In a sense, it is now for many a “Lefebvre moment,” as Peter Kwasniewski just put it, when he wrote: “It will be, in short, a ‘Lefebvre Moment’ for the Priestly Fraternity of St. Peter, the Institute of Christ the King, the Institute of the Good Shepherd, and any other such bodies.”

“The only honorable response they can make,” the liturgy expert continued, “is: Non possumus—we cannot, in good conscience, comply with these prescriptions. Throw at us any penalties or punishments you wish; we will ignore them all, because they will have no force. A future pope will vindicate us, as John Paul II and Benedict XVI did with adherents of tradition decades ago.”

All these groups should now come together, help each other out and build networks in order to provide the Sacraments of Tradition. For, when we build a loose federation or union – or, as it now happened in France, an association of those wish to remain loyal to the missal of St. Pope Pius V – would not many Catholics feel assured that there is no schismatic spirit, but, rather, that there is a strong ecclesial community willing to stand together for Tradition?

If this would be possible, Pope Francis would have given us such a great gift, just as the current corona crisis has given us the great gift of meeting so many fine medical doctors who are willing to give their all in defense of health and human dignity.

For me and my family that means: would I have ever met Dr. Robert Malone and his wife?

Yes, this changes everything, and let us make sure we make the best of it.

And let us trust Our Lady who is on our side, always guiding us in difficult times. Encouraging is the rapid spread, since the end of November, of the rosary rallies that are taking place now on Wednesdays in numerous European places, inspired by Austria, but now spreading to Germany, Switzerland, Italy (and now even to the U.S.). Louis-Pierre Laroche, a father of 11 children who started this initiative in Austria, was very little connected and just thought to do something about the current corona crisis. He told LifeSite that this rapid spread of the Rosary campaign is a sign that “I am merely a small tool of the Blessed Mother to re-kindle throughout the world the devotion to her. I have no control over that.”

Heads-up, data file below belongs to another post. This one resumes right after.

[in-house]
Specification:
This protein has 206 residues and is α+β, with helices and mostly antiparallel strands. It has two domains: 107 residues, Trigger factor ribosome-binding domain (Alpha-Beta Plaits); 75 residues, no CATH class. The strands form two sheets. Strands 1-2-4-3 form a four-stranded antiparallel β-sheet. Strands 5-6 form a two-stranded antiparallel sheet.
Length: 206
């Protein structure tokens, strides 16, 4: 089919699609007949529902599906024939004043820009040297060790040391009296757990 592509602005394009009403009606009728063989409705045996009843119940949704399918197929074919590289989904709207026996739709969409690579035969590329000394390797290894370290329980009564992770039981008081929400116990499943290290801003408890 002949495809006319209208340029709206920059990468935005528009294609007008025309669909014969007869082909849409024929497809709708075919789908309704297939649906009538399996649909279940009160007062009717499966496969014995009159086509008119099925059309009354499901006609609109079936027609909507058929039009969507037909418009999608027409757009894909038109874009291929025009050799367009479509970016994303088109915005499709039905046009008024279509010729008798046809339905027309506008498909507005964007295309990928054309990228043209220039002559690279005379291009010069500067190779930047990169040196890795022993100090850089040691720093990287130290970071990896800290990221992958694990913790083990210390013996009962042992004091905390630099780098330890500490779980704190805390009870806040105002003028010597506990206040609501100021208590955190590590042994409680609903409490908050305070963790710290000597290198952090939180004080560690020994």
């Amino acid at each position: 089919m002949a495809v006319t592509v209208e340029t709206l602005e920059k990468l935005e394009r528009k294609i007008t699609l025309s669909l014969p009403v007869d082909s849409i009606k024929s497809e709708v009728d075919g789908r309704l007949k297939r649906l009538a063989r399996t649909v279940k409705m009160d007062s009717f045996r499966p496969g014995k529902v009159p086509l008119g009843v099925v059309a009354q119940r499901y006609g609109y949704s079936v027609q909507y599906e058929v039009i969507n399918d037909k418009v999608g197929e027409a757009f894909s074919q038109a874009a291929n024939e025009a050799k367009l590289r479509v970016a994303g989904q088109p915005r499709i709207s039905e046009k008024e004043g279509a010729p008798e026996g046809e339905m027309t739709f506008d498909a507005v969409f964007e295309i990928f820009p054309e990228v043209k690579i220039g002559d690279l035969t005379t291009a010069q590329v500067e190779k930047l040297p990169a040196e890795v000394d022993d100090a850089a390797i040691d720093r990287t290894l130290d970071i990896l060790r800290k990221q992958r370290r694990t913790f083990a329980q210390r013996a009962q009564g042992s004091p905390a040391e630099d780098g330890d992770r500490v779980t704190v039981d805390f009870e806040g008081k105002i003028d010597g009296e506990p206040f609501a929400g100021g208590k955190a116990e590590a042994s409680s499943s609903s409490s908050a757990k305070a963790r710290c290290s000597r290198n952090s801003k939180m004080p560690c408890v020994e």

Thus, let us all be tools of Our Lady for the healing of our world.

May the Christ-Child and His Mother, together with His foster father, bless us all and bring us anew that hope that only He can give.

A blessed Christmas!

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Dr. Maike Hickson was born and raised in Germany. She holds a PhD from the University of Hannover, Germany, after having written in Switzerland her doctoral dissertation on the history of Swiss intellectuals before and during World War II. She now lives in the U.S. and is married to Dr. Robert Hickson, and they have been blessed with two beautiful children. She is a happy housewife who likes to write articles when time permits.

Dr. Hickson published in 2014 a Festschrift, a collection of some thirty essays written by thoughtful authors in honor of her husband upon his 70th birthday, which is entitled A Catholic Witness in Our Time.

Hickson has closely followed the papacy of Pope Francis and the developments in the Catholic Church in Germany, and she has been writing articles on religion and politics for U.S. and European publications and websites such as LifeSiteNews, OnePeterFive, The Wanderer, Rorate Caeli, Catholicism.org, Catholic Family News, Christian Order, Notizie Pro-Vita, Corrispondenza Romana, Katholisches.info, Der Dreizehnte,  Zeit-Fragen, and Westfalen-Blatt.